• Cinnamon-Filled Scones

    Cinnamon-filled scones.

    The concept of the “lazy days of summer” doesn’t really apply to Carolyn. While the boys and I are still snoozing on Saturdays, she is up making pancakes, scones or muffins. She takes very good care of us, we are very lucky. And this weekend we were very,very lucky and got some cinnamon-filled scones. And they were great. Along with a few berries from the garden (the berries in the photos are part of this weekend’s haul) and a cup of coffee, this was a perfect breakfast. Lots of happy faces at the table this morning.

    Notice the “cake-like” crumb. This is a good thing.

    These scones are a bit different as well. Based on a King Arthur Flour recipe (and you do know about King Arthur Flour, don’t you?), these scones have a mixture of cinnamon chips and a rich cinnamon filling. The filling impacts the moisture of the scone while baking, and the result is a more tender and slightly less flaky scone. This recipe is almost “scone as coffee-cake”, and since scones are much easier to make, this is a very good thing, and a very good recipe.

    The recipe is pretty standard for scones, with the exception of the cinnamon filling and layering it into the dough. The filling is a combination of sugar, cinnamon, flour, butter and milk that, if the butter is soft, takes just a few minutes. Otherwise the steps should be familiar to the home baker (and similar to our Maple Syrup Scones). Dry ingredients are combined and butter is cut into the mixture. Wet ingredients are combined and then added to the dry ingredients and then the whole is lightly kneaded into a dough.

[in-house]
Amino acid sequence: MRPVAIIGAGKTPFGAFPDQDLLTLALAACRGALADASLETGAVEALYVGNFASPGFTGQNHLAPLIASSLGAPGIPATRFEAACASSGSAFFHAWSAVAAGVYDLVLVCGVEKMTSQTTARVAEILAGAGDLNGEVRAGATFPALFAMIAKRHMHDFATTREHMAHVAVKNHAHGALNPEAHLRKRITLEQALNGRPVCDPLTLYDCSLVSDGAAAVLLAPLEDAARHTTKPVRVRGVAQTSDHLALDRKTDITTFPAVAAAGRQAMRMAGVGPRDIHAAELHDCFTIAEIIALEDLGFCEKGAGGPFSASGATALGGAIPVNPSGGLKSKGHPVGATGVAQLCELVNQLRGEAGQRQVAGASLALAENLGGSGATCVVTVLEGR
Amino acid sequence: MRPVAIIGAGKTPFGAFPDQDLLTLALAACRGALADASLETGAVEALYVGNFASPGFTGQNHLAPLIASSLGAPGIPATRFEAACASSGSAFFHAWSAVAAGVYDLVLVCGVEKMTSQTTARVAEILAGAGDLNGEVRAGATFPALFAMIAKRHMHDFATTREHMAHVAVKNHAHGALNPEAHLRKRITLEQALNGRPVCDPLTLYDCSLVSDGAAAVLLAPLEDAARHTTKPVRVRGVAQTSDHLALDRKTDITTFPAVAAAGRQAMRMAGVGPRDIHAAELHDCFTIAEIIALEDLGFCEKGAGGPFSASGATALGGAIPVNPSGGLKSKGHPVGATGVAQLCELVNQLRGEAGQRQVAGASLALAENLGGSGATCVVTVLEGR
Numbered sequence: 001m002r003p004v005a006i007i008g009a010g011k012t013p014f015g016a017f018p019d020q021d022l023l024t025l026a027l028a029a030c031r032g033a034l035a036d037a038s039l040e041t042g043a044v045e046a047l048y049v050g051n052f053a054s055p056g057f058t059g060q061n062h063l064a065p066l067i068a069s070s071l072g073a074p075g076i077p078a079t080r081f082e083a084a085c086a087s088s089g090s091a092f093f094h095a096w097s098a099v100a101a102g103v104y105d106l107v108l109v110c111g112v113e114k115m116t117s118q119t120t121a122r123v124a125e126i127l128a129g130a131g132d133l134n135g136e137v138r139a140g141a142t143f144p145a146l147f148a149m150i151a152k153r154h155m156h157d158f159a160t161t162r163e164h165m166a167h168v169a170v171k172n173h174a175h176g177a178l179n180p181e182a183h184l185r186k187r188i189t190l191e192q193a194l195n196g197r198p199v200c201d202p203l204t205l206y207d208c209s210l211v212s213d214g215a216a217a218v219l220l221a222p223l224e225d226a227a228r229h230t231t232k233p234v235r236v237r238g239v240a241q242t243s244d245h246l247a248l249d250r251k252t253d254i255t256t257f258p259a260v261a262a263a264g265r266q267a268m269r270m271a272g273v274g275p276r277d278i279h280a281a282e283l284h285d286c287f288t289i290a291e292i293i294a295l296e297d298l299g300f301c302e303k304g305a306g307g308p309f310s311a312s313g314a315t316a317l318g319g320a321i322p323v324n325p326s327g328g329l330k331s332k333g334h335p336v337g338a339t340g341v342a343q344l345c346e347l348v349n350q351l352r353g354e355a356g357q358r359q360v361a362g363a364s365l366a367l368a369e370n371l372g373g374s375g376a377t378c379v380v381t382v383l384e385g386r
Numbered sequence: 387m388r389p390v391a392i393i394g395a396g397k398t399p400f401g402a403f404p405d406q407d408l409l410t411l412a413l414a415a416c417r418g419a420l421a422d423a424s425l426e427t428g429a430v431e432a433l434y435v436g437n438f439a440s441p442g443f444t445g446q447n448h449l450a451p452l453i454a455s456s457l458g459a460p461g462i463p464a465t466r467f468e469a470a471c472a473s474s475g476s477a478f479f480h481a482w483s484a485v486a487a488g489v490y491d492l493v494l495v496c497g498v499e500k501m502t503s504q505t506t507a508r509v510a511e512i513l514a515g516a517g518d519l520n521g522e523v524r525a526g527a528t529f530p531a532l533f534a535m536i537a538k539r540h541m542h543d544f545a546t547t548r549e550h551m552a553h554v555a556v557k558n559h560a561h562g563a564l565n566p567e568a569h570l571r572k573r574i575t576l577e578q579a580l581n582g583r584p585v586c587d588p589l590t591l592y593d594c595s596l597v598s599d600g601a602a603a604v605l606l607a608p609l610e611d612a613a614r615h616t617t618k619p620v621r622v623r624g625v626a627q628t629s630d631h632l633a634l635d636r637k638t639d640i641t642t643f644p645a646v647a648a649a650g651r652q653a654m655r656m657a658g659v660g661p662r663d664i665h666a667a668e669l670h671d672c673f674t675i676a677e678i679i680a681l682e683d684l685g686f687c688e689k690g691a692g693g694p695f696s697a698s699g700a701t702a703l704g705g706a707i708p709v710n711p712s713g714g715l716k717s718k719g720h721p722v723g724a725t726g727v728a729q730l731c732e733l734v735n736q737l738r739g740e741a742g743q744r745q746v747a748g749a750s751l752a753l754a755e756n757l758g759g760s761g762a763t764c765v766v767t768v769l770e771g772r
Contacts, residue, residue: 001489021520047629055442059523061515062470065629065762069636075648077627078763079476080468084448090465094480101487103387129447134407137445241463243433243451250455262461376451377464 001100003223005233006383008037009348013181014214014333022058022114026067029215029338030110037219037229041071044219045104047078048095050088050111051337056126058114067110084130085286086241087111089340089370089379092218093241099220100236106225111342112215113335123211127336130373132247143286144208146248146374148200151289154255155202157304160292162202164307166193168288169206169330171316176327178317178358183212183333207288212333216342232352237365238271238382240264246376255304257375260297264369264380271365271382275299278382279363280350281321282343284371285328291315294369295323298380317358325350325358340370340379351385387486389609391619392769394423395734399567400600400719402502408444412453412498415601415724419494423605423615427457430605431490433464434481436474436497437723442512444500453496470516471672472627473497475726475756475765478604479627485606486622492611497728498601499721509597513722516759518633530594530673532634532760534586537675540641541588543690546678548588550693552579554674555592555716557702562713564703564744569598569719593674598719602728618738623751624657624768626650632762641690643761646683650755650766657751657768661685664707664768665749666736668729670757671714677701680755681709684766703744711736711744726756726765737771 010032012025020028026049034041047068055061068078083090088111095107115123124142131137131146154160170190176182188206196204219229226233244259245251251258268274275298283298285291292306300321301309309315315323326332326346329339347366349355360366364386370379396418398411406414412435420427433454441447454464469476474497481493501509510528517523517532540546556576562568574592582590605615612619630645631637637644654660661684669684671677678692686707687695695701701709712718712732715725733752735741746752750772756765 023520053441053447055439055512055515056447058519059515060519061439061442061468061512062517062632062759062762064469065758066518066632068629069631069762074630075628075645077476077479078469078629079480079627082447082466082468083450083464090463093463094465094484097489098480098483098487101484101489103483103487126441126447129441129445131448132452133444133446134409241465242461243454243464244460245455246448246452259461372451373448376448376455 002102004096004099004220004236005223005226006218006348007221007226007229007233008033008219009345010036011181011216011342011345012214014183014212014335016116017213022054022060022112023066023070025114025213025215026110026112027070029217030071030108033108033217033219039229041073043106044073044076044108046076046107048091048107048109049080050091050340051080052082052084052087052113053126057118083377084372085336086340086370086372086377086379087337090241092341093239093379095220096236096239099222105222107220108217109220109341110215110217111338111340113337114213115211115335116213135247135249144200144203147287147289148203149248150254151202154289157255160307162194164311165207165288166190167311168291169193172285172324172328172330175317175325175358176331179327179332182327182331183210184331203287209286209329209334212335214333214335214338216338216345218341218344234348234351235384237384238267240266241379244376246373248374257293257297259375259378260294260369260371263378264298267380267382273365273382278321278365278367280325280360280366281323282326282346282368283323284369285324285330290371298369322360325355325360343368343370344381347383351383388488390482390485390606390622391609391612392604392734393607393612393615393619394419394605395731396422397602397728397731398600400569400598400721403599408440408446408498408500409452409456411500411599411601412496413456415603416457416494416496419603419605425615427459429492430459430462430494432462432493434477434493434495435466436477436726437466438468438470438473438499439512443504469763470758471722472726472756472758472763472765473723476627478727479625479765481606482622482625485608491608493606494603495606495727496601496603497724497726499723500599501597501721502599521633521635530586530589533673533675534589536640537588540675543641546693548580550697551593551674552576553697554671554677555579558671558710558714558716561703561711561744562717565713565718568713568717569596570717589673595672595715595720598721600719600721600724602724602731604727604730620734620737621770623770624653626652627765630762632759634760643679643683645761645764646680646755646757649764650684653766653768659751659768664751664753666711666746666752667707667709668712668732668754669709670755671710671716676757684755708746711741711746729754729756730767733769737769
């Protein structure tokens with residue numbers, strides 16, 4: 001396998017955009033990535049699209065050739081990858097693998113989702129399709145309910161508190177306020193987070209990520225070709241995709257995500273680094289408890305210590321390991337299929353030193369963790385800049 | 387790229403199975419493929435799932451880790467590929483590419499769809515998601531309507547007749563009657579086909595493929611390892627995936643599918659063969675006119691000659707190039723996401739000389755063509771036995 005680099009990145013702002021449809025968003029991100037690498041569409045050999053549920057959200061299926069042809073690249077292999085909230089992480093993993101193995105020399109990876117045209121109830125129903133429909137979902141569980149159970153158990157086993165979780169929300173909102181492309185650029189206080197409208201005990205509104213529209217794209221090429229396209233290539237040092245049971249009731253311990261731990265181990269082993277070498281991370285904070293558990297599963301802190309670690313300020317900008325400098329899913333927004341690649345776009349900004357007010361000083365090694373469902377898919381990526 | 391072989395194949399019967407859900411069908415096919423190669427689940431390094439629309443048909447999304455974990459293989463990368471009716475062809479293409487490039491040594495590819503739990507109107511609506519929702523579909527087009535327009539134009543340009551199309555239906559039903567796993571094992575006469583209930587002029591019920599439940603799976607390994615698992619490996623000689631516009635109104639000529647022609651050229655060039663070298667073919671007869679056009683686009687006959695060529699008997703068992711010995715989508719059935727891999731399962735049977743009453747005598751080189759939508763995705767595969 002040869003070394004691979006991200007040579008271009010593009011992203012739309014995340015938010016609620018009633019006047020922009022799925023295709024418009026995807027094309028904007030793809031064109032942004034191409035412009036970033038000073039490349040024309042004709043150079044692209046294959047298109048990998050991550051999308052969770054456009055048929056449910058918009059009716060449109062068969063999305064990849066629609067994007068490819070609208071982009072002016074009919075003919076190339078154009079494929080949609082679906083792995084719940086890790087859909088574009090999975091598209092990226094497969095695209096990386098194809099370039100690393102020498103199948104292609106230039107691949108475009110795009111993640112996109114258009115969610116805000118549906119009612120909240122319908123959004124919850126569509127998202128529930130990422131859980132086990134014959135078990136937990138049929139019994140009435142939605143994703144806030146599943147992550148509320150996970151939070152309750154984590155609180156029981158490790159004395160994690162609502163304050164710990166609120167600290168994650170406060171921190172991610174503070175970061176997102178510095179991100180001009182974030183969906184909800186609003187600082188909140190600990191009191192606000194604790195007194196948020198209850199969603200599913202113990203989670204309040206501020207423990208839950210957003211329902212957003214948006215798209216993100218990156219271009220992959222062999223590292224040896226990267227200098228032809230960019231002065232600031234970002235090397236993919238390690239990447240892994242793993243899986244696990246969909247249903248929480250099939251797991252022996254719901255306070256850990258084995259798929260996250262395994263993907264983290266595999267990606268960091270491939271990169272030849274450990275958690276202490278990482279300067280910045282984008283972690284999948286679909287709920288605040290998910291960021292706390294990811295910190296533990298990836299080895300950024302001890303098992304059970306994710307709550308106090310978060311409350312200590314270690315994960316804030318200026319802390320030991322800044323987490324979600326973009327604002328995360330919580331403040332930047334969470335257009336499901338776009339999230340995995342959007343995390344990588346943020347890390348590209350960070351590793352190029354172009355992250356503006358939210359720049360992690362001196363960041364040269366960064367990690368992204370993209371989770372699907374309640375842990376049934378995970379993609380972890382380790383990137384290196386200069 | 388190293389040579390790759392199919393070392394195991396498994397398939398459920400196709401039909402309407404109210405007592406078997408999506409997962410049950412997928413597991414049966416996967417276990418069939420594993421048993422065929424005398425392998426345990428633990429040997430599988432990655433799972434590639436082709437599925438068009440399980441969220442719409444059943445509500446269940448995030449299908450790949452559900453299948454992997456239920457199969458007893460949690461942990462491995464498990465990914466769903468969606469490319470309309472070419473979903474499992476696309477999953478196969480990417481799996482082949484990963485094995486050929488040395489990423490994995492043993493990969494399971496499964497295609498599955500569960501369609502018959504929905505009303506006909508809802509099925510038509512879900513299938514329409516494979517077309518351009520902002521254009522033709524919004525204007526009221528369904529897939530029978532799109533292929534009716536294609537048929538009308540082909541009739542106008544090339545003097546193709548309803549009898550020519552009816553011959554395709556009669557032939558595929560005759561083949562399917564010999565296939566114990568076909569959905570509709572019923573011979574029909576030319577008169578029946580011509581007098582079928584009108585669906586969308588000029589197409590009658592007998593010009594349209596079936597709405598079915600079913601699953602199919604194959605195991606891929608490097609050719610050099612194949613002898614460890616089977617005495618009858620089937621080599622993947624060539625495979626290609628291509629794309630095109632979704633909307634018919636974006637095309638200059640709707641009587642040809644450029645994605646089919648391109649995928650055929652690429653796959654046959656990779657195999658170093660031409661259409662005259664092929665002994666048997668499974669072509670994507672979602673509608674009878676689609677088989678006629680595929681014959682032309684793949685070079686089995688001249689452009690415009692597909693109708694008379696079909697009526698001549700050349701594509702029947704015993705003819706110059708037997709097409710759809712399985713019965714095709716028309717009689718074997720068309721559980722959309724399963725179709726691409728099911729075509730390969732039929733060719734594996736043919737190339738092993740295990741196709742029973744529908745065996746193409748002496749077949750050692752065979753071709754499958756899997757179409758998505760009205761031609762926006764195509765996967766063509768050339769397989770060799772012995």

Cinnamon filling is easy to make.

    Cut the butter into the dry ingredients.

    Combine wet ingredients with dry to form the dough.

    The extra step for this recipe is splitting the dough in half so you can place a later of cinnamon filling in the scone. This can be done two ways. The first way is to simply layer half the dough in a 9-inch baking pan, spread the cinnamon filling in and then layer in the rest of the dough. We like it this way, as we get a more rustic appearance. But if you like a more uniform look, split the dough and roll out two circles that will fit in the baking pan. Then simply place a circle of dough in  the pan, layer on the cinnamon filling and place the other circle on top. Finish with a light brushing of milk and a sprinkle of sugar.

    Layer in 1/2 the dough and then the cinnamon filling. Continue reading